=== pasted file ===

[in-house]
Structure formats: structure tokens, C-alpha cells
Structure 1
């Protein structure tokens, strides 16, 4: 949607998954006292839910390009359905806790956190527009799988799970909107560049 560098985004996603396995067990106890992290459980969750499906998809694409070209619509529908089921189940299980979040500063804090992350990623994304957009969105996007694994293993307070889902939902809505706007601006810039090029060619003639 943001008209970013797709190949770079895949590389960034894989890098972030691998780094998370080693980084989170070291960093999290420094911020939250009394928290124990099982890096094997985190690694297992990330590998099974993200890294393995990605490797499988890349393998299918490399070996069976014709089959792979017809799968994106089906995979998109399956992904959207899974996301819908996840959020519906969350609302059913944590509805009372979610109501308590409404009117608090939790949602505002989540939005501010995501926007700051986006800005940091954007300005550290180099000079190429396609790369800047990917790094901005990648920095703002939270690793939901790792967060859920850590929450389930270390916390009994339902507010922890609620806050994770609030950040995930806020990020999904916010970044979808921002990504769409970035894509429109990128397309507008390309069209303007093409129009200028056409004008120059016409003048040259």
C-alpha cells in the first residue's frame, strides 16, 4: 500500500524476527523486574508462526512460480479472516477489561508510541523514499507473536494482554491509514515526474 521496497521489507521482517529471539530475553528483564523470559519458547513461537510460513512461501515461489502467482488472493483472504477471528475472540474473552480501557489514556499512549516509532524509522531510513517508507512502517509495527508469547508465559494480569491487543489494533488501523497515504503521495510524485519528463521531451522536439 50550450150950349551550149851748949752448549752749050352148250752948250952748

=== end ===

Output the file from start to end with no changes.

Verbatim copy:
[in-house]
Structure formats: structure tokens, C-alpha cells
Structure 1
């Protein structure tokens, strides 16, 4: 949607998954006292839910390009359905806790956190527009799988799970909107560049 560098985004996603396995067990106890992290459980969750499906998809694409070209619509529908089921189940299980979040500063804090992350990623994304957009969105996007694994293993307070889902939902809505706007601006810039090029060619003639 943001008209970013797709190949770079895949590389960034894989890098972030691998780094998370080693980084989170070291960093999290420094911020939250009394928290124990099982890096094997985190690694297992990330590998099974993200890294393995990605490797499988890349393998299918490399070996069976014709089959792979017809799968994106089906995979998109399956992904959207899974996301819908996840959020519906969350609302059913944590509805009372979610109501308590409404009117608090939790949602505002989540939005501010995501926007700051986006800005940091954007300005550290180099000079190429396609790369800047990917790094901005990648920095703002939270690793939901790792967060859920850590929450389930270390916390009994339902507010922890609620806050994770609030950040995930806020990020999904916010970044979808921002990504769409970035894509429109990128397309507008390309069209303007093409129009200028056409004008120059016409003048040259």
C-alpha cells in the first residue's frame, strides 16, 4: 500500500524476527523486574508462526512460480479472516477489561508510541523514499507473536494482554491509514515526474 521496497521489507521482517529471539530475553528483564523470559519458547513461537510460513512461501515461489502467482488472493483472504477471528475472540474473552480501557489514556499512549516509532524509522531510513517508507512502517509495527508469547508465559494480569491487543489494533488501523497515504503521495510524485519528463521531451522536439 50550450150950349551550149851748949752448549752749050352148250752948250952748